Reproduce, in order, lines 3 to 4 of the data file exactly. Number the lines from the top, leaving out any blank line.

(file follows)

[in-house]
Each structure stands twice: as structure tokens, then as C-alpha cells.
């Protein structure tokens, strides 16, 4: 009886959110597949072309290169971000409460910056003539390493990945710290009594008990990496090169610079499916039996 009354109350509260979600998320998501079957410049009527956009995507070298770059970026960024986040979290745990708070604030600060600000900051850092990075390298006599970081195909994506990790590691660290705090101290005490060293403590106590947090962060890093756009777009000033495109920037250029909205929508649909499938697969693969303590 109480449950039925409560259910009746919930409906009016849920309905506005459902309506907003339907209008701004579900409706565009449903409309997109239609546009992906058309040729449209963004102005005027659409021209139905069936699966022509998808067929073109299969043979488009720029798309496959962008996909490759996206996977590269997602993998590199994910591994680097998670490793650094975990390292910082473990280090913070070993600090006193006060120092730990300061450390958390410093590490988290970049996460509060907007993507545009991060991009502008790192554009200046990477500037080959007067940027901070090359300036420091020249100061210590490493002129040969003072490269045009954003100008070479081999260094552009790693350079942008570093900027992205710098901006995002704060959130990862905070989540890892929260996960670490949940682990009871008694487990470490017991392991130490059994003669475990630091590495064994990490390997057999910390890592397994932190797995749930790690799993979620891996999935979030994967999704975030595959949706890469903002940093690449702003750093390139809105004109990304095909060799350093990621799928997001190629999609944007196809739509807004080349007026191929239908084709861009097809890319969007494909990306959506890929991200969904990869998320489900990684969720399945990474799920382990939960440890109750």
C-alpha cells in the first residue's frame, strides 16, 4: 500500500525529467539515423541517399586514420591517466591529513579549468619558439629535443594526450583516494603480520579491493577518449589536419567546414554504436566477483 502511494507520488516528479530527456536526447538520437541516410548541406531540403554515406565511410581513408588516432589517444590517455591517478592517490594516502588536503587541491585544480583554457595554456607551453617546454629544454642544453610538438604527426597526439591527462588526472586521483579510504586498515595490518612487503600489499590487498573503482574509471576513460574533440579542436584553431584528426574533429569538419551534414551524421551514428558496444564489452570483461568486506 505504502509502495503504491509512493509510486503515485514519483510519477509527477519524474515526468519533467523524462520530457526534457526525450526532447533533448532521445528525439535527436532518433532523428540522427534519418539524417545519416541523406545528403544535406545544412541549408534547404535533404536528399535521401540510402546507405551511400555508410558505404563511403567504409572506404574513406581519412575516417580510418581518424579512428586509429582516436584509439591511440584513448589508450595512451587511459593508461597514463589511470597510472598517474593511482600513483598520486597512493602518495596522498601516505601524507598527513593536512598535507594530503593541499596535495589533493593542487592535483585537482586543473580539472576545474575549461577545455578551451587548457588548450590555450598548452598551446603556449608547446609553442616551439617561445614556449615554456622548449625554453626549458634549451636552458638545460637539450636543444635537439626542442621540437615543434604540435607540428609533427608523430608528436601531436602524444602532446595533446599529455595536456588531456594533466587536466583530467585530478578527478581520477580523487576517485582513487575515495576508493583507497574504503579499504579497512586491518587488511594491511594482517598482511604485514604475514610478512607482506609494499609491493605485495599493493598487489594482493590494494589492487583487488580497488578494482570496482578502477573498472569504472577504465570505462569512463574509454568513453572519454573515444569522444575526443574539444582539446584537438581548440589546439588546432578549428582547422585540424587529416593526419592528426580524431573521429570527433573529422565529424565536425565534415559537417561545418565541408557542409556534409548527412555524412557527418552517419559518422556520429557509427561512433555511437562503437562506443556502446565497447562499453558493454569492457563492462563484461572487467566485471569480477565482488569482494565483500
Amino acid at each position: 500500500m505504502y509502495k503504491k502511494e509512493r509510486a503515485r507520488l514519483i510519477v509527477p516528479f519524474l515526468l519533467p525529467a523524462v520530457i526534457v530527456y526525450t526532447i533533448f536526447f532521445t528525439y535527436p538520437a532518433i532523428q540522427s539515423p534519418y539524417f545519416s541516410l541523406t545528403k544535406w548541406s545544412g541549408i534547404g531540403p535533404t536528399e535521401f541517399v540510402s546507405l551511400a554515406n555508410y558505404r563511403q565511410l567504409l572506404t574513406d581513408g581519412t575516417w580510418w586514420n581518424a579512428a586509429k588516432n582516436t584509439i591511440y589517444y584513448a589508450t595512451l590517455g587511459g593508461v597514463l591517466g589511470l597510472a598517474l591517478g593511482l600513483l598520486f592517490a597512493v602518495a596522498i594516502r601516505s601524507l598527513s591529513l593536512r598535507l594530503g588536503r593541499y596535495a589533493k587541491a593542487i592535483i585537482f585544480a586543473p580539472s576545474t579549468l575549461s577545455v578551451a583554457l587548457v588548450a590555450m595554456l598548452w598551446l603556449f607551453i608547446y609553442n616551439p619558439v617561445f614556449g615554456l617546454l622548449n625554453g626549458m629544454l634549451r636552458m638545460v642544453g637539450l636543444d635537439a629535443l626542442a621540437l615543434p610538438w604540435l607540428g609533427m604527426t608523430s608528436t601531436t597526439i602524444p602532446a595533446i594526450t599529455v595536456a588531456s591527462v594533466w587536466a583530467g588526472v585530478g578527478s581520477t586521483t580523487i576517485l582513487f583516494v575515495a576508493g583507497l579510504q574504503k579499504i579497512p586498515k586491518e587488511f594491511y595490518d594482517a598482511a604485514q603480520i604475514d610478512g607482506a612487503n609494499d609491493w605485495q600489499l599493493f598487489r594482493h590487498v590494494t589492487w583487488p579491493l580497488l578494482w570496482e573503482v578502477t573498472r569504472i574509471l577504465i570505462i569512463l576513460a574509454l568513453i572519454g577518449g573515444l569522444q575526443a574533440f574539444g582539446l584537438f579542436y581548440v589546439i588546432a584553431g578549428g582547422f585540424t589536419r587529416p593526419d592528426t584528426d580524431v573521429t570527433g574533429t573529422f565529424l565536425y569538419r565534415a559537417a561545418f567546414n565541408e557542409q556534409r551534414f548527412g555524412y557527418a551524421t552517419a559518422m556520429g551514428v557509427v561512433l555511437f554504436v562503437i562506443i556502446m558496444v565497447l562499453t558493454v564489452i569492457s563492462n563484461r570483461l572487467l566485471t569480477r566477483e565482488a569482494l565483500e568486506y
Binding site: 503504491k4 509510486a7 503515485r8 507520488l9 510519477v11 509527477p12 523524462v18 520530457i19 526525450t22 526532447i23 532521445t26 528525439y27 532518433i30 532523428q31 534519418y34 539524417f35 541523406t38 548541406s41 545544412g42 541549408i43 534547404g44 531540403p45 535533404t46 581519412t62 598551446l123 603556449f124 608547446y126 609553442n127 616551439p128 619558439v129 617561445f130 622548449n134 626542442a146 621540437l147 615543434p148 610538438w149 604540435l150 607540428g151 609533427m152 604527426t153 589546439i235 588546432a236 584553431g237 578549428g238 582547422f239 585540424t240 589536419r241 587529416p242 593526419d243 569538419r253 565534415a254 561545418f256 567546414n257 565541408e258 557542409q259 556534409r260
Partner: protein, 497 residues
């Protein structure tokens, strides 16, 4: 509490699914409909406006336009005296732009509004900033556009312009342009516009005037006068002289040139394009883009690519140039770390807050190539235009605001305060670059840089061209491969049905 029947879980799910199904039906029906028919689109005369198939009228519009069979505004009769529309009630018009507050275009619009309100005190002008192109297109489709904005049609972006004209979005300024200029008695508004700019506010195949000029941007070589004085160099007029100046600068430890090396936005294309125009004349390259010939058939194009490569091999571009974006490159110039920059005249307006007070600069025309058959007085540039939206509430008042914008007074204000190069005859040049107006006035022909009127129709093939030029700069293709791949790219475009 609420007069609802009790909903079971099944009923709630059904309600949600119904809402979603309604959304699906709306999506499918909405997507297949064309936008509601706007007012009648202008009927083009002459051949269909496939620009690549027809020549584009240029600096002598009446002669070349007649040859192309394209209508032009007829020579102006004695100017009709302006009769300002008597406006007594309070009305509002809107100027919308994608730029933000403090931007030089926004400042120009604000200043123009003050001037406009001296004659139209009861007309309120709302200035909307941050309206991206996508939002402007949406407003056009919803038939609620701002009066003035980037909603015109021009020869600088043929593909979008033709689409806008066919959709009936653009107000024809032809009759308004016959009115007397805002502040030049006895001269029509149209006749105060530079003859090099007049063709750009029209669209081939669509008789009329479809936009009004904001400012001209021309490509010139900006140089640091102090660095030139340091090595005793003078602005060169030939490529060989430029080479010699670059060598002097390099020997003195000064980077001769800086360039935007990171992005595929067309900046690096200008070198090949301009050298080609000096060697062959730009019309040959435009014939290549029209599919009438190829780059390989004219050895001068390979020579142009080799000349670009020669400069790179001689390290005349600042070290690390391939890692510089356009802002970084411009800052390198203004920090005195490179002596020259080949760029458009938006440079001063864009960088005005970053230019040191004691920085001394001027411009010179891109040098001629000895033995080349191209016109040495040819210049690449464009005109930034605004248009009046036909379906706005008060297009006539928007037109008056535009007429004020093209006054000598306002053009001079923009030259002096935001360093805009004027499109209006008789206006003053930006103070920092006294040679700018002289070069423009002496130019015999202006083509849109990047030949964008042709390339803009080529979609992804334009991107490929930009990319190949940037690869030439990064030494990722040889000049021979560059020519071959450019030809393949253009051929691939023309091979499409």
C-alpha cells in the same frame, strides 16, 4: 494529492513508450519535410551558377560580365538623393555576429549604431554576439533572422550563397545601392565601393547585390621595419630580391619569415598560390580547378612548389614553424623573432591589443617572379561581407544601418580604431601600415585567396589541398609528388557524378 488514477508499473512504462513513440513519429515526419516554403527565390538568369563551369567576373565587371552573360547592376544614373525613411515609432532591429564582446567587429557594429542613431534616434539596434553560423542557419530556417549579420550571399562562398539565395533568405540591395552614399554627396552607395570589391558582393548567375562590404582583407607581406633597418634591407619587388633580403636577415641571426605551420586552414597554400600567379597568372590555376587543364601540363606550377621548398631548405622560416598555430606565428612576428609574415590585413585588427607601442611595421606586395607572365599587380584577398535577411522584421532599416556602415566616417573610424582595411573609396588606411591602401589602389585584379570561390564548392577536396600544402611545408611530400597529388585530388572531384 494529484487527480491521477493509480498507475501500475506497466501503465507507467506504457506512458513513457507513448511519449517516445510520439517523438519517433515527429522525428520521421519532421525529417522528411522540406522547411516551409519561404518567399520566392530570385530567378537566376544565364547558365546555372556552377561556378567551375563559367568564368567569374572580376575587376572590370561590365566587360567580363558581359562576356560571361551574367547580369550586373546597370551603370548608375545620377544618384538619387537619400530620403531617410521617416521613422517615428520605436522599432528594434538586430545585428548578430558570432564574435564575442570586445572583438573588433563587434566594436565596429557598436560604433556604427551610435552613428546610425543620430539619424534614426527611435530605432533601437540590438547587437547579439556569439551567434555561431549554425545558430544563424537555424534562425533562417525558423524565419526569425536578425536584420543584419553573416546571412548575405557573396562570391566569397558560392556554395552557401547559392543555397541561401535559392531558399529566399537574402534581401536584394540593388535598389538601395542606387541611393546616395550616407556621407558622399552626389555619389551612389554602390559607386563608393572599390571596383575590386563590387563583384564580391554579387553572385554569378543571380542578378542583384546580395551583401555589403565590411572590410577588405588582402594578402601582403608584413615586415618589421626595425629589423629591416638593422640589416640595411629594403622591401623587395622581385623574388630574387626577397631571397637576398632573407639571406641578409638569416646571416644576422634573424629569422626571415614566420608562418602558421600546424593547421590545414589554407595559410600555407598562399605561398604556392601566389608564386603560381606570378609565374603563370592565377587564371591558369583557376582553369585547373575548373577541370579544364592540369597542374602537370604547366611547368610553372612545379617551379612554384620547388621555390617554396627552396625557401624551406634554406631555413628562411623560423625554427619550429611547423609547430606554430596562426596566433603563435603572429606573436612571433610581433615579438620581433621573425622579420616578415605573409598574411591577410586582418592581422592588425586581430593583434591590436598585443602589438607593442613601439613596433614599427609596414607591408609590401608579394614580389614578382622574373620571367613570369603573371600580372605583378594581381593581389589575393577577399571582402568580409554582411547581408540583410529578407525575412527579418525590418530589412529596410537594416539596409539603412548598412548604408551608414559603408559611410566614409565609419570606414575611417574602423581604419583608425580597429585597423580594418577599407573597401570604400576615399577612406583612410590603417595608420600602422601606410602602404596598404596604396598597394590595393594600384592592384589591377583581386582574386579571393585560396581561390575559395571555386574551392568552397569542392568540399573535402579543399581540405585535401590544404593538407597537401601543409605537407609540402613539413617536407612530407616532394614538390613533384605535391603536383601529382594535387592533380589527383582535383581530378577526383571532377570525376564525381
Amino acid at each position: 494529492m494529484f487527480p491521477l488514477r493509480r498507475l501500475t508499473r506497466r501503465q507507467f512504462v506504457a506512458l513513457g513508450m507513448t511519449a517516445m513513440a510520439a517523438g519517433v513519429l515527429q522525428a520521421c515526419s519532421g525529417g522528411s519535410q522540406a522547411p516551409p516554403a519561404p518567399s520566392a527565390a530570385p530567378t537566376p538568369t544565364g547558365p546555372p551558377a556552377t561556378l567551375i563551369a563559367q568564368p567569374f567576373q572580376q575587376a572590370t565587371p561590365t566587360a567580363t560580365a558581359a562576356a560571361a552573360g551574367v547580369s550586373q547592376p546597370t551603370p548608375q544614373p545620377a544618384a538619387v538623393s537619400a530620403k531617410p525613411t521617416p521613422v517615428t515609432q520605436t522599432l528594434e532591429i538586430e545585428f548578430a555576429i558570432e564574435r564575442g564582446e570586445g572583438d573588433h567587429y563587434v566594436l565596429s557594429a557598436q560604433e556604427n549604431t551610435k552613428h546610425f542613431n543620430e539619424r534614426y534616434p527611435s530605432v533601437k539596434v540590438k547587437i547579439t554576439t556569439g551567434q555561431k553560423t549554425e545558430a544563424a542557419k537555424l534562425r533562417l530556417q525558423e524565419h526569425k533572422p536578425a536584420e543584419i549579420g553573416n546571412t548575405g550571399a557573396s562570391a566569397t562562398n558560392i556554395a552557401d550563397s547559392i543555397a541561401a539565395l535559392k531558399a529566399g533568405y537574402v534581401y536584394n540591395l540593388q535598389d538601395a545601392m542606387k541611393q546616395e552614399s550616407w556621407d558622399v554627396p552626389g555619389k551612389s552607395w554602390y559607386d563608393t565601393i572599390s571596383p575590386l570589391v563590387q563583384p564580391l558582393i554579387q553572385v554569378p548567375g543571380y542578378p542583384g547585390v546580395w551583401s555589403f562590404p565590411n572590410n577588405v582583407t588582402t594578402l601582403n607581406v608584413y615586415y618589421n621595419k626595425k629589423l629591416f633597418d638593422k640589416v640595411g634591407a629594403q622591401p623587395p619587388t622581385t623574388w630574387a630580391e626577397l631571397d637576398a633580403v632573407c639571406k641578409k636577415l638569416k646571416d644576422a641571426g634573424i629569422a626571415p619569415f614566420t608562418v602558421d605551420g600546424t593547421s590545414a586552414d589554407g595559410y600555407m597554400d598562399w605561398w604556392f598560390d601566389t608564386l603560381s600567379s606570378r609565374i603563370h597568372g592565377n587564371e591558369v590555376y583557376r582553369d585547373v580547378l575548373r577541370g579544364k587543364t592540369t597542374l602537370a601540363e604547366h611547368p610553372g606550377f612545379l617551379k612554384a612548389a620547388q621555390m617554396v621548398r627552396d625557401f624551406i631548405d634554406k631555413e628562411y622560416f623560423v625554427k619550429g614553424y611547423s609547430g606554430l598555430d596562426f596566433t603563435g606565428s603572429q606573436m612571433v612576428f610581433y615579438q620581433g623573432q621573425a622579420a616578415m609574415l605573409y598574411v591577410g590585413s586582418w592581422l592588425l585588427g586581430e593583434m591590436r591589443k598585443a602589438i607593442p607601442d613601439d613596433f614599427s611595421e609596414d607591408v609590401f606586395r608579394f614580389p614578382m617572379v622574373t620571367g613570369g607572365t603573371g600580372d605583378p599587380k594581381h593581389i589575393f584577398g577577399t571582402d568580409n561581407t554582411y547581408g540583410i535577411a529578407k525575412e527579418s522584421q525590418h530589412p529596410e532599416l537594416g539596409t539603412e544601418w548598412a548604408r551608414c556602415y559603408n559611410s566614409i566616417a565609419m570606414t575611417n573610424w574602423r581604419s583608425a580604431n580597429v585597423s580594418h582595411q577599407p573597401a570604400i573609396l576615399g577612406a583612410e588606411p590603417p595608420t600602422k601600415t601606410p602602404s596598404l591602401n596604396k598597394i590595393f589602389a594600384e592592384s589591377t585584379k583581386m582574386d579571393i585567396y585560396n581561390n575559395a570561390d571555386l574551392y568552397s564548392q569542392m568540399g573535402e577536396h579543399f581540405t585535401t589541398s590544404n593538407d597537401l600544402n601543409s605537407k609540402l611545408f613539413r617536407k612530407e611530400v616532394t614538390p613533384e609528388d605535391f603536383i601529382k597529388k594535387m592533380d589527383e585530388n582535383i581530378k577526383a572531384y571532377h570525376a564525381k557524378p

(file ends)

């Protein structure tokens, strides 16, 4: 009886959110597949072309290169971000409460910056003539390493990945710290009594008990990496090169610079499916039996 009354109350509260979600998320998501079957410049009527956009995507070298770059970026960024986040979290745990708070604030600060600000900051850092990075390298006599970081195909994506990790590691660290705090101290005490060293403590106590947090962060890093756009777009000033495109920037250029909205929508649909499938697969693969303590 109480449950039925409560259910009746919930409906009016849920309905506005459902309506907003339907209008701004579900409706565009449903409309997109239609546009992906058309040729449209963004102005005027659409021209139905069936699966022509998808067929073109299969043979488009720029798309496959962008996909490759996206996977590269997602993998590199994910591994680097998670490793650094975990390292910082473990280090913070070993600090006193006060120092730990300061450390958390410093590490988290970049996460509060907007993507545009991060991009502008790192554009200046990477500037080959007067940027901070090359300036420091020249100061210590490493002129040969003072490269045009954003100008070479081999260094552009790693350079942008570093900027992205710098901006995002704060959130990862905070989540890892929260996960670490949940682990009871008694487990470490017991392991130490059994003669475990630091590495064994990490390997057999910390890592397994932190797995749930790690799993979620891996999935979030994967999704975030595959949706890469903002940093690449702003750093390139809105004109990304095909060799350093990621799928997001190629999609944007196809739509807004080349007026191929239908084709861009097809890319969007494909990306959506890929991200969904990869998320489900990684969720399945990474799920382990939960440890109750």
C-alpha cells in the first residue's frame, strides 16, 4: 500500500525529467539515423541517399586514420591517466591529513579549468619558439629535443594526450583516494603480520579491493577518449589536419567546414554504436566477483 502511494507520488516528479530527456536526447538520437541516410548541406531540403554515406565511410581513408588516432589517444590517455591517478592517490594516502588536503587541491585544480583554457595554456607551453617546454629544454642544453610538438604527426597526439591527462588526472586521483579510504586498515595490518612487503600489499590487498573503482574509471576513460574533440579542436584553431584528426574533429569538419551534414551524421551514428558496444564489452570483461568486506 505504502509502495503504491509512493509510486503515485514519483510519477509527477519524474515526468519533467523524462520530457526534457526525450526532447533533448532521445528525439535527436532518433532523428540522427534519418539524417545519416541523406545528403544535406545544412541549408534547404535533404536528399535521401540510402546507405551511400555508410558505404563511403567504409572506404574513406581519412575516417580510418581518424579512428586509429582516436584509439591511440584513448589508450595512451587511459593508461597514463589511470597510472598517474593511482600513483598520486597512493602518495596522498601516505601524507598527513593536512598535507594530503593541499596535495589533493593542487592535483585537482586543473580539472576545474575549461577545455578551451587548457588548450590555450598548452598551446603556449608547446609553442616551439617561445614556449615554456622548449625554453626549458634549451636552458638545460637539450636543444635537439626542442621540437615543434604540435607540428609533427608523430608528436601531436602524444602532446595533446599529455595536456588531456594533466587536466583530467585530478578527478581520477580523487576517485582513487575515495576508493583507497574504503579499504579497512586491518587488511594491511594482517598482511604485514604475514610478512607482506609494499609491493605485495599493493598487489594482493590494494589492487583487488580497488578494482570496482578502477573498472569504472577504465570505462569512463574509454568513453572519454573515444569522444575526443574539444582539446584537438581548440589546439588546432578549428582547422585540424587529416593526419592528426580524431573521429570527433573529422565529424565536425565534415559537417561545418565541408557542409556534409548527412555524412557527418552517419559518422556520429557509427561512433555511437562503437562506443556502446565497447562499453558493454569492457563492462563484461572487467566485471569480477565482488569482494565483500